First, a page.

Meanwhile, West remained a fan favorite. We still rooted for West, even after that late-night drive equipped with multiple guns, a three-wheeled motorcycle and some powerful inner demons. We quickly forgave West’s crimes for a number of reasons:
1) He has a mental illness, a real sickness that impairs his judgment. Though West’s mental illness does not excuse his actions, we could sympathize with him even when he committed such sinister acts.
2) He’s on our team. If we could root for Ricky Davis and Mark Blount, cheering for a convicted felon shouldn’t be too tough, right? Even when we don’t like a player on our team, we root for him. That’s how sports go. We all hate Lebron now, but if he signed with the Celtics, every C’s fan would rush to buy his new jersey. Hell, I would root for Satan if he wore “Celtics” across his chest.
3) This last reason is the one I feel least comfortable about, even if I believe it to be true: We can forgive our favorite athletes for off-court sins. We cannot forgive them for on-court transgressions. Los Angeles Lakers fans can forgive Kobe Bryant’s infidelity. Steelers fans can forgive Ben Roethlisberger for assaulting girls. Ravens fans can forgive Ray Lewis for being involved with a murder. Celtics fans can forgive West for carrying guns. But I cannot, and will not, ever forgive Nate Robinson for shooting so many goddamn pull-up jumpers on three-on-one fast breaks.
Robinson seems like a great guy. He always smiles, cheers his ass off for his teammates no matter how few minutes he plays, takes adorable pictures of his children, and shows up to his cousin’s high school basketball games on off days. He plays hard and plays with energy, and loves to have fun. In real life, I would want him as my friend. But in the world of sports, he frustrated me to no end. He rode the basketball slow bus, possessing a basketball IQ that left him taking stupid shots quite routinely. Watching Robinson play for your favorite team is like playing roulette and putting all your life savings on 34. There is a 3% chance you hit the lottery and luck into early retirement. But there’s also a 97% chance you lose everything. Okay, so I’m being a little harsh with the percentages. You get the point. And so I hated Robinson when he played for the Celtics, even though he seems like a hell of a guy.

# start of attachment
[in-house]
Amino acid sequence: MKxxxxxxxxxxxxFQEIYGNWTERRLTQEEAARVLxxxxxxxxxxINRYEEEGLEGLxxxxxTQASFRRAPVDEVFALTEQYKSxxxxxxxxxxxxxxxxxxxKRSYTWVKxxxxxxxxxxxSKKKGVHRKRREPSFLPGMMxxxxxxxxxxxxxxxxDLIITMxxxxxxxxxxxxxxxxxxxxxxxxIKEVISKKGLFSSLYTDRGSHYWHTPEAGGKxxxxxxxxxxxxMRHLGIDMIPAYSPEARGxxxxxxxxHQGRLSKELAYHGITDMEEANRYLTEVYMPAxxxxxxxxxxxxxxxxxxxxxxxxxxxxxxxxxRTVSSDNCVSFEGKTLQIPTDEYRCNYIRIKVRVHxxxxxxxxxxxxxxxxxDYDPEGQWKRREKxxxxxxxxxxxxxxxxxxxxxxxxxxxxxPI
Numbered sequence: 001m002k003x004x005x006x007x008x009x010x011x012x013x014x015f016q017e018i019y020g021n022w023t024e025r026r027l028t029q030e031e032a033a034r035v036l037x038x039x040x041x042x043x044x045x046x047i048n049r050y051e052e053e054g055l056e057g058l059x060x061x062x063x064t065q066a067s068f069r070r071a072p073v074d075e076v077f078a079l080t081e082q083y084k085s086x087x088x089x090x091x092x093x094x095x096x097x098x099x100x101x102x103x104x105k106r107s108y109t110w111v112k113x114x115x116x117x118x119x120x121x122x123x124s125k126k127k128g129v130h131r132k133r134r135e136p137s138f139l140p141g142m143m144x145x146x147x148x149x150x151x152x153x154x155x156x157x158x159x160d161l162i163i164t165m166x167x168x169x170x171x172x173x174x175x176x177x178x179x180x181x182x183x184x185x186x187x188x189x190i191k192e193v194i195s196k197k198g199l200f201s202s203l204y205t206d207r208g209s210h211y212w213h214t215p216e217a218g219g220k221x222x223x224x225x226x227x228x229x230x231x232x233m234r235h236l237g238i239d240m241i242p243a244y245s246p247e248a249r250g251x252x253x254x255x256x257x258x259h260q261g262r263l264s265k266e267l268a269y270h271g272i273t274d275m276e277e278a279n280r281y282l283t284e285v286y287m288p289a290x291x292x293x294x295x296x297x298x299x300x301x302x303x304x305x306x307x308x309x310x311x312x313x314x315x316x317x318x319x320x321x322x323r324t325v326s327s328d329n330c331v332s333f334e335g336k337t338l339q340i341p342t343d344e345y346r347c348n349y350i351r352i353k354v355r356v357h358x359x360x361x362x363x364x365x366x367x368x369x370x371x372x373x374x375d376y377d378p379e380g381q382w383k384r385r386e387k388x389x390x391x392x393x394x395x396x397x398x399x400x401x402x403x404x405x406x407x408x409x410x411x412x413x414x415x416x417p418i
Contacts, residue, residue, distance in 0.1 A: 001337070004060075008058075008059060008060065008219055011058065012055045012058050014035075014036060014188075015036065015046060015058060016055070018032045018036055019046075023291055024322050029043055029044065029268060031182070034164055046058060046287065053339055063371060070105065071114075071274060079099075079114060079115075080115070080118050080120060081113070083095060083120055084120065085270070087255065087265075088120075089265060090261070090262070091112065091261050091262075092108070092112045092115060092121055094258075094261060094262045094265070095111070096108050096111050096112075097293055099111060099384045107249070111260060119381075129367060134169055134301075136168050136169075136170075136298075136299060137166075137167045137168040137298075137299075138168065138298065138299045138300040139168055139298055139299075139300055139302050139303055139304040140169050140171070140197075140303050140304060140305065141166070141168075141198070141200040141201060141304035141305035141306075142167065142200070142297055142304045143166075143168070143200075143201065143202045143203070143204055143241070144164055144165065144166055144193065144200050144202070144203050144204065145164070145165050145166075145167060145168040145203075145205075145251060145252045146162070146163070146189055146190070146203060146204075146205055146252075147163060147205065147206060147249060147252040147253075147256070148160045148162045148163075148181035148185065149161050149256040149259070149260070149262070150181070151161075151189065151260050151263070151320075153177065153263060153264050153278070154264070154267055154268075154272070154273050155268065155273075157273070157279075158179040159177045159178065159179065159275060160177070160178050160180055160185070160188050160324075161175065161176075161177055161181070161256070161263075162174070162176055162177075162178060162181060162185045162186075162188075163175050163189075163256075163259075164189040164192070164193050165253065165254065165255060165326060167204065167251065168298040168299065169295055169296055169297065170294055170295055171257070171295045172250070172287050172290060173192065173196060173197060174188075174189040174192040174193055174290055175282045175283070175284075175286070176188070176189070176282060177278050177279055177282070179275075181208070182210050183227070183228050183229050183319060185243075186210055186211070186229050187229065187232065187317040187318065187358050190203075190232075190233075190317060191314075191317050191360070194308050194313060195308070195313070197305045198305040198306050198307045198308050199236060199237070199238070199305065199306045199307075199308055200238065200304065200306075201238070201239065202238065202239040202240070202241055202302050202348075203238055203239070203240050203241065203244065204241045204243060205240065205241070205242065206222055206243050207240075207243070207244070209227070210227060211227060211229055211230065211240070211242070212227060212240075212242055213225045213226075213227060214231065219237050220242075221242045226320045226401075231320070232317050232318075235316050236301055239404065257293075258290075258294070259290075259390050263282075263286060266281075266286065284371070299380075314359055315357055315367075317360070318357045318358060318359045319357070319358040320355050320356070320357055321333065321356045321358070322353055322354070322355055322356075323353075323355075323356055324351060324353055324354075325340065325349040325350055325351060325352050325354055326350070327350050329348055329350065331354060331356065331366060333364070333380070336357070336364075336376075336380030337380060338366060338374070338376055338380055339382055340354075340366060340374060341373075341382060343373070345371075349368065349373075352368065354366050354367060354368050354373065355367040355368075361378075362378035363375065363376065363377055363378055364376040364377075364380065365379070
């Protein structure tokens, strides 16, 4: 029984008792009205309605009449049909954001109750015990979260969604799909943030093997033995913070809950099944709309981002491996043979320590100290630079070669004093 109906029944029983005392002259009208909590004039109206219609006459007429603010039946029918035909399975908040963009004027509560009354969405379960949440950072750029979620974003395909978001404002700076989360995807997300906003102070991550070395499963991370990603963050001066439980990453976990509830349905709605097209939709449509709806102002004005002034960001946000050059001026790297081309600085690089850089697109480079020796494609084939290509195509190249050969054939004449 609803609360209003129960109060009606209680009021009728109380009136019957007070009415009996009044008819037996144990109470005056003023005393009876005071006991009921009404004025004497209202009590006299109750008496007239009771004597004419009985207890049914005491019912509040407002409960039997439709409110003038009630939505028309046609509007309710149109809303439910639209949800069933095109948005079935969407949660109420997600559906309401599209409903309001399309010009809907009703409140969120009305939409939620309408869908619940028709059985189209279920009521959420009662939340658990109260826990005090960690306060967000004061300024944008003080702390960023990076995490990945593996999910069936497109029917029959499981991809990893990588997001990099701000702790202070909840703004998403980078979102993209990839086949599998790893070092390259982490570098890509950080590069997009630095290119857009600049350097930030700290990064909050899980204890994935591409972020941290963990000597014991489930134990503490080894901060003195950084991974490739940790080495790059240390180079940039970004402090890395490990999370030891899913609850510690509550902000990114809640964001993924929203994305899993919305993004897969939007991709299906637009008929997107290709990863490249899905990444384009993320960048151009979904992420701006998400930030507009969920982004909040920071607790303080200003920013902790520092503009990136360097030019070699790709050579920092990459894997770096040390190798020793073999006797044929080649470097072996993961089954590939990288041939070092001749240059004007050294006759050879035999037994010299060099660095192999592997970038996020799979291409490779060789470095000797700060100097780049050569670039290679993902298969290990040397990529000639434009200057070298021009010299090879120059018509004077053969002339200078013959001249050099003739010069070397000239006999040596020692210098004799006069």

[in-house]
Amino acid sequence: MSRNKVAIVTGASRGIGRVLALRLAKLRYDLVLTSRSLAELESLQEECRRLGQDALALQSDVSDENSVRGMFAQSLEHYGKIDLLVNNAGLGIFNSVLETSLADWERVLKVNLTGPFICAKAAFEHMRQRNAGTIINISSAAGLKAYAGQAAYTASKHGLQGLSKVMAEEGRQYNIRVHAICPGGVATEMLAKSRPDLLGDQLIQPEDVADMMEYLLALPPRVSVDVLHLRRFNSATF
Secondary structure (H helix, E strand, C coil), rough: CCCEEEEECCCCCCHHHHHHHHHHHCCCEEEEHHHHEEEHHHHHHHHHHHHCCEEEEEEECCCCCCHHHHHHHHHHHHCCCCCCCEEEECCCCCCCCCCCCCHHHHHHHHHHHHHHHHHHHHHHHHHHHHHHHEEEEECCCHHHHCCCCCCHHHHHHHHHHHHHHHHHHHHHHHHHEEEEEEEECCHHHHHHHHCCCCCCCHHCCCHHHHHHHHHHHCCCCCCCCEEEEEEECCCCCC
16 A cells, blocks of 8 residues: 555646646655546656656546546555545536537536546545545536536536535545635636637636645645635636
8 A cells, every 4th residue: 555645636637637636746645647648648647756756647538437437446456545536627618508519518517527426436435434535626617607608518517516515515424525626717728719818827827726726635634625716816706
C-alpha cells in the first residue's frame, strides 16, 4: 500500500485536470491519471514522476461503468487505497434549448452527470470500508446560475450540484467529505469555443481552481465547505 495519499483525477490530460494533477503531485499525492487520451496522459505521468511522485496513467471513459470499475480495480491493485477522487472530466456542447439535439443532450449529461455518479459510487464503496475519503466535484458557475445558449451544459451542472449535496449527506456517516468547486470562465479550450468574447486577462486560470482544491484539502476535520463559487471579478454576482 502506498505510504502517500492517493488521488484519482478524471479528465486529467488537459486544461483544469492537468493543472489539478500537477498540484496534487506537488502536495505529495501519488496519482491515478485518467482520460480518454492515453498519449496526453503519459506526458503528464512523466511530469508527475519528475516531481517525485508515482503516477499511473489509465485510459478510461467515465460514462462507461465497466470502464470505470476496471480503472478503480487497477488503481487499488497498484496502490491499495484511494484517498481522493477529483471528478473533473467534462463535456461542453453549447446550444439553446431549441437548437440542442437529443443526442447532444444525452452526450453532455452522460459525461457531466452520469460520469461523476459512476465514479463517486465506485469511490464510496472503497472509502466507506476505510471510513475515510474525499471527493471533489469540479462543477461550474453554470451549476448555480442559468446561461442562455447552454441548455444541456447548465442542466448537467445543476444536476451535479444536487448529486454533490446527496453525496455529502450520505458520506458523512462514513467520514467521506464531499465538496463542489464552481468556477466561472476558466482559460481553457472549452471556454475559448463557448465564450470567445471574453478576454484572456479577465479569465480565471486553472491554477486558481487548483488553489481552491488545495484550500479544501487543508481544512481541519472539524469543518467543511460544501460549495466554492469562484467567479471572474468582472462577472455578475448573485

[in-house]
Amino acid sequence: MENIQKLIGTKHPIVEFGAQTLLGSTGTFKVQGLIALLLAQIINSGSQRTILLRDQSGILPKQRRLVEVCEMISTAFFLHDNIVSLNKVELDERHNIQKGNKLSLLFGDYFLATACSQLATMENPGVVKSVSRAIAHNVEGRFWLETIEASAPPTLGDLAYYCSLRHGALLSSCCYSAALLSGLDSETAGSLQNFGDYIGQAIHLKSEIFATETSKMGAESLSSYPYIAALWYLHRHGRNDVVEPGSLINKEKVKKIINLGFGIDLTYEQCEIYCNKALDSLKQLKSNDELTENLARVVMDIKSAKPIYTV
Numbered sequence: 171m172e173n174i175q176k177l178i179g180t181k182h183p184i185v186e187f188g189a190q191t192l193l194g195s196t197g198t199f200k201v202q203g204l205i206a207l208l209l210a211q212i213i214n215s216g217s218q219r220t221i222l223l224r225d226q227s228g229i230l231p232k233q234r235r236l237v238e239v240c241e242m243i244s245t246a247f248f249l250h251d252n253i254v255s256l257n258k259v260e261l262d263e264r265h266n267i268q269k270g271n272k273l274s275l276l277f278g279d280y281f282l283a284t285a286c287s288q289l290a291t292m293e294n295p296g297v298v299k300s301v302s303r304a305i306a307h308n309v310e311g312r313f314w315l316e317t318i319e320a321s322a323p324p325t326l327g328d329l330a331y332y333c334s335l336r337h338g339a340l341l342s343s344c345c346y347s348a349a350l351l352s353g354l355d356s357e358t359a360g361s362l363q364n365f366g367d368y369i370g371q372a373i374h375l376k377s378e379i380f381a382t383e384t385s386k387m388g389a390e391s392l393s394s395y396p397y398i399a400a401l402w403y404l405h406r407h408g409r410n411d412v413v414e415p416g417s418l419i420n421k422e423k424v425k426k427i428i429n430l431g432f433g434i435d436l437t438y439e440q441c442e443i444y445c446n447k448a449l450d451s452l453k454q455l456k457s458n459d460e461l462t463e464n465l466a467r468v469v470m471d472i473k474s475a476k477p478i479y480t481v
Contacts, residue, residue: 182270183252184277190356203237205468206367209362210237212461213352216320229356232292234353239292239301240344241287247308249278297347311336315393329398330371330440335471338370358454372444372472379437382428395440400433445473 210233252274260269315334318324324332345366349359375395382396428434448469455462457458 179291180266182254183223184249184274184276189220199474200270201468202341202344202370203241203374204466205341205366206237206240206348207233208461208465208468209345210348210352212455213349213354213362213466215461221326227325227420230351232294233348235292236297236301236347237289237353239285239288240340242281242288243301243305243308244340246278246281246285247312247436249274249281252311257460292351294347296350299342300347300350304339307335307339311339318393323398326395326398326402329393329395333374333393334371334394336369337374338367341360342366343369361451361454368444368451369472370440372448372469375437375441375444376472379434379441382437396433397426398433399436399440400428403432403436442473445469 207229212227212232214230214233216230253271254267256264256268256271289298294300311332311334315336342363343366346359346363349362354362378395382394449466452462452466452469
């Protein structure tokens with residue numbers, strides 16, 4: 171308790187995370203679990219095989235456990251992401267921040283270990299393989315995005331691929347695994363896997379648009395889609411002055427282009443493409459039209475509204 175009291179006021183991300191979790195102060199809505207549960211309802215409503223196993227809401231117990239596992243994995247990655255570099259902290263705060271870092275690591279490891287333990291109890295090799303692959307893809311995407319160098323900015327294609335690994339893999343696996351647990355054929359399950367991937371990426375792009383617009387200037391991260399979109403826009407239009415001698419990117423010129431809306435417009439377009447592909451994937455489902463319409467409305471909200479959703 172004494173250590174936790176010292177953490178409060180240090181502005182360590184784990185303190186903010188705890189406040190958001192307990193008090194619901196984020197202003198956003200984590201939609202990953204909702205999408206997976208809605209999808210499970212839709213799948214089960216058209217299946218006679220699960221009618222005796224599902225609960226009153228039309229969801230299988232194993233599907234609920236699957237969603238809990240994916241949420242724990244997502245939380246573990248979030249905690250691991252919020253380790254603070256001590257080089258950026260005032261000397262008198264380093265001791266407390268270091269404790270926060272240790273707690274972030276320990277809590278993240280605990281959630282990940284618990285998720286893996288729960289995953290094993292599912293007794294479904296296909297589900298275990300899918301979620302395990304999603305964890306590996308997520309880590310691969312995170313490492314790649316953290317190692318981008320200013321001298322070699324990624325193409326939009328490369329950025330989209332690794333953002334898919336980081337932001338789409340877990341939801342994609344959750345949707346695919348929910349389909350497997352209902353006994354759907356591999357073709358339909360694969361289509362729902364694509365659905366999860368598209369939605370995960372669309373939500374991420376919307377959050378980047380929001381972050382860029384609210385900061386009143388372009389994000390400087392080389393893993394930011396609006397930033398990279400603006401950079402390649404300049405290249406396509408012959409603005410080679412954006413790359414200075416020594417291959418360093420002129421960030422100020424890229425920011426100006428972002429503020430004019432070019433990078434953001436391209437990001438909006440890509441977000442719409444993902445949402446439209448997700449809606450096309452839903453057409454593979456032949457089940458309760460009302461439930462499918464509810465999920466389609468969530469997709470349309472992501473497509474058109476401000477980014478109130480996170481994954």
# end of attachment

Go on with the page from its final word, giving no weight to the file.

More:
West is so much different. He makes intelligent decisions. He knows how to defend. He plays hard, like Robinson, but in a different way. Robinson, you see, plays with the energy of a six-year old kid going to the circus for the first time. West plays with the energy of a rising UFC fighter looking to put food on his family’s table. He’s more precise, more focused, more refined, and when it comes to winning, hungrier. As fans, we are drawn to West’s thirsty desire to win. That he also has a personable, quirky side brings him even closer to our hearts. I’m not saying it’s right and I’m not saying it’s wrong, but we love fierce competitors and we love intelligent players, even if they have committed serious crimes in their past, even when they play their worst regular season since 2004-05.
And so do NBA front offices. They will be willing to overlook West’s past partly because he stayed out of trouble recently, but mostly, they will be willing to overlook West’s past because he plays both ends of the court. Whichever team signs West after the lockout will add a nice piece, and a piece that should come attached to a reasonably inexpensive price tag. Here’s hoping that team is the Boston Celtics, who could start the West race with a monetary disadvantage but could certainly use the lefty’s services.